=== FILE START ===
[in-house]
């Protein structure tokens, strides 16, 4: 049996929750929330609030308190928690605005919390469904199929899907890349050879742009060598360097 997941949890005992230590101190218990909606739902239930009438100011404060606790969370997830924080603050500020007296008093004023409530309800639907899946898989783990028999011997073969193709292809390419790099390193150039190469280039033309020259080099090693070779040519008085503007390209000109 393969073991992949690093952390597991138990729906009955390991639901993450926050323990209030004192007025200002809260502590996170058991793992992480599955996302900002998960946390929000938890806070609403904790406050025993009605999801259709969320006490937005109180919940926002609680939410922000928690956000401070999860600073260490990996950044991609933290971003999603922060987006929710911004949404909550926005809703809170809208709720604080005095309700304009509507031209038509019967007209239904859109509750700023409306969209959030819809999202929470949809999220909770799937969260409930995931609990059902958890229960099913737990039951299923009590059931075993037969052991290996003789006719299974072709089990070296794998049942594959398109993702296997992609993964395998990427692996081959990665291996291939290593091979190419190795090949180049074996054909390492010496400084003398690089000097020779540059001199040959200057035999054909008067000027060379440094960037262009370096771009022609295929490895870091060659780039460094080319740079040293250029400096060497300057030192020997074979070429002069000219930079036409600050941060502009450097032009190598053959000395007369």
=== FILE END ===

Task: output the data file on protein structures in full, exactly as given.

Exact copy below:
[in-house]
């Protein structure tokens, strides 16, 4: 049996929750929330609030308190928690605005919390469904199929899907890349050879742009060598360097 997941949890005992230590101190218990909606739902239930009438100011404060606790969370997830924080603050500020007296008093004023409530309800639907899946898989783990028999011997073969193709292809390419790099390193150039190469280039033309020259080099090693070779040519008085503007390209000109 393969073991992949690093952390597991138990729906009955390991639901993450926050323990209030004192007025200002809260502590996170058991793992992480599955996302900002998960946390929000938890806070609403904790406050025993009605999801259709969320006490937005109180919940926002609680939410922000928690956000401070999860600073260490990996950044991609933290971003999603922060987006929710911004949404909550926005809703809170809208709720604080005095309700304009509507031209038509019967007209239904859109509750700023409306969209959030819809999202929470949809999220909770799937969260409930995931609990059902958890229960099913737990039951299923009590059931075993037969052991290996003789006719299974072709089990070296794998049942594959398109993702296997992609993964395998990427692996081959990665291996291939290593091979190419190795090949180049074996054909390492010496400084003398690089000097020779540059001199040959200057035999054909008067000027060379440094960037262009370096771009022609295929490895870091060659780039460094080319740079040293250029400096060497300057030192020997074979070429002069000219930079036409600050941060502009450097032009190598053959000395007369």